LINGUIST List 9.1746

Wed Dec 9 1998

Books: Semiotics

Editor for this issue: Scott Fults <>

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  1. AnneGodfre, The Written Poem: Semiotic Conventions From Old to Modern English

Message 1: The Written Poem: Semiotic Conventions From Old to Modern English

Date: Mon, 26 Oct 1998 10:47:29 EST
From: AnneGodfre <>
Subject: The Written Poem: Semiotic Conventions From Old to Modern English

Huisman, Rosemary (University of Sydney); The Written Poem: Semiotic
Conventions From Old to Modern English;Available from Cassell;Hb.: 0 304 33999
7; US$75.00/ 45.00

This book defines a focus of interest: contemporary poetry and its historical
construction as a 'seen object', and uses current literary and social theory
to facilitate its study. Thus the book contains matter of relevance to
practising poets, to those engaged in literary studies and to those with a
sociolinguistic interest in the English language, especially in relation to
technical and social changes in language technology and literacy. 
 Part One discusses the use of graphic, that is visual, conventions in
contemporary poetry in English. How do we recognize 'a poem' (including
apparent contraventions, such as the 'prose-poem')? Once a poem has been
recognized, what are the interpretative conventions brought into play for
reading it? And especially, how has the spatial arrangement on the page
become 'meaningful' in its own right for much contemporary poetry? The last
question, of the semiosis of the 'seen poem', is discussed at length, with
numerous examples from individual poems. For a consistent descriptive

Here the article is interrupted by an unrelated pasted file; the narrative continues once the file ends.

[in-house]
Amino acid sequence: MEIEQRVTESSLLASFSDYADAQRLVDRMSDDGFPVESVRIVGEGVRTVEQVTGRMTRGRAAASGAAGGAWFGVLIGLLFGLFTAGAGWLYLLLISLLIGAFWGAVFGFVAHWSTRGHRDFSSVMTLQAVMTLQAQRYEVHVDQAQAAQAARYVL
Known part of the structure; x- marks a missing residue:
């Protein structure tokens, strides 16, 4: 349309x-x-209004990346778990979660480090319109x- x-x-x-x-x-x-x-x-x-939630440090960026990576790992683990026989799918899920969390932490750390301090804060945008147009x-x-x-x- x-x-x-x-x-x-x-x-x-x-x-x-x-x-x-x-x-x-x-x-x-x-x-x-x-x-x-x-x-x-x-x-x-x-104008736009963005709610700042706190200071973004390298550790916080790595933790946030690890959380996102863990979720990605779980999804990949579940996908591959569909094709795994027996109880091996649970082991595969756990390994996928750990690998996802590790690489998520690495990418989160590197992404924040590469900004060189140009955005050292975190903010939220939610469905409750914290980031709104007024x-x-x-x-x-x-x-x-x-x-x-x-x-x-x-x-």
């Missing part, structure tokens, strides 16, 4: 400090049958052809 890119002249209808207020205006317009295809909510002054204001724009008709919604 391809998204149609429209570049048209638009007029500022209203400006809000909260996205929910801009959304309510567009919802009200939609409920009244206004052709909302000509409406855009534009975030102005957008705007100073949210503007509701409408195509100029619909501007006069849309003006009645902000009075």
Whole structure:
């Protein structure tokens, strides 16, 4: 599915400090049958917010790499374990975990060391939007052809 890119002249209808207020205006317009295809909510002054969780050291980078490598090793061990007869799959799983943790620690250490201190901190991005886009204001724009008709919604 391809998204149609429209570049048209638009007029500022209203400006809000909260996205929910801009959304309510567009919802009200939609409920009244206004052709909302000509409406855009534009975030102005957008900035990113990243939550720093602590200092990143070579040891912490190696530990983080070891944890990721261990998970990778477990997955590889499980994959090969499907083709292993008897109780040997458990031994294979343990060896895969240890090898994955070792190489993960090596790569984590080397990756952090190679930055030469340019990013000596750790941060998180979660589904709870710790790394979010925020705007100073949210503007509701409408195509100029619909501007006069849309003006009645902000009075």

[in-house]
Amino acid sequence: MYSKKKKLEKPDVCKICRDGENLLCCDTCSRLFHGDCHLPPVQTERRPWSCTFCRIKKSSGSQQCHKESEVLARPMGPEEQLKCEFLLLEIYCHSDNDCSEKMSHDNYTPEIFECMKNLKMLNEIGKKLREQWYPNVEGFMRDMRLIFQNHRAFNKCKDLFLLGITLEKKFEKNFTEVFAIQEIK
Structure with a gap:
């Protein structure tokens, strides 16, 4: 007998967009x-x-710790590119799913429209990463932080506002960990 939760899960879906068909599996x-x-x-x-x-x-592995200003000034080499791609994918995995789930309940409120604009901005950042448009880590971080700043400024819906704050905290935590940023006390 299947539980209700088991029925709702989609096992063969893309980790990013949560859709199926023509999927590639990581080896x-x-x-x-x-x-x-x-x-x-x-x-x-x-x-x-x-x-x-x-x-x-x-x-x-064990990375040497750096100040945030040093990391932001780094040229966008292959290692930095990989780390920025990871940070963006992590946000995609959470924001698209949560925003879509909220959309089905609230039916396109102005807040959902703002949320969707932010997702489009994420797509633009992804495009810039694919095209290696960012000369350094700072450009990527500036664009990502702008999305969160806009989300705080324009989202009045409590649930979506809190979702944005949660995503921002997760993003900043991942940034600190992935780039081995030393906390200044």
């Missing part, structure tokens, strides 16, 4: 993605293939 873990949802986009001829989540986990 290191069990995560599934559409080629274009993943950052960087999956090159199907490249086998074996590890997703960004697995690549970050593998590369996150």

vocabulary for 'discourse' and 'genre', a model of language and social
context, derived from the work of the linguist M.A.K. Halliday and the
sociologist Basil Bernstein, where relevant, is explained and used.
 Part Two explores questions which have been brought to the fore in Part
One. What is the origin of the line as the primary generic sign of poetry?
How does the potential for seen, rather than spoken, meaning emerge? It
particularly focuses on changes in manuscript conventions from Old to Middle
English poetry, on the comparitvely late significance of print for poetic
discourse, on the change, in an increasingly literate understanding of
'literature', from a social to a personal understanding of poetic meaning
from the late eighteenth century through the nineteenth century. If what has
been regarded as an object, 'the poem', is an outcome of the social processes
of textual interpretation and production, so too is what has been regarded as
'the subject', that through which meaning is authorized. 
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1998 Contributors

  • Addison Wesley Longman
  • Blackwell Publishers
  • Cambridge University Press
  • CSLI Publications
  • Edinburgh University Press
  • Garland Publishing
  • Holland Academic Graphics (HAG)
  • John Benjamins Publishing Company
  • Lawrence Erlbaum Assoc.
  • MIT Press--Books Division
  • MIT Working Papers in Linguistics
  • Mouton de Gruyter
  • Oxford University Press
  • Francais Pratique
  • Hermes
  • Pacific Linguistics
  • Routledge
  • Summer Institute of Linguistics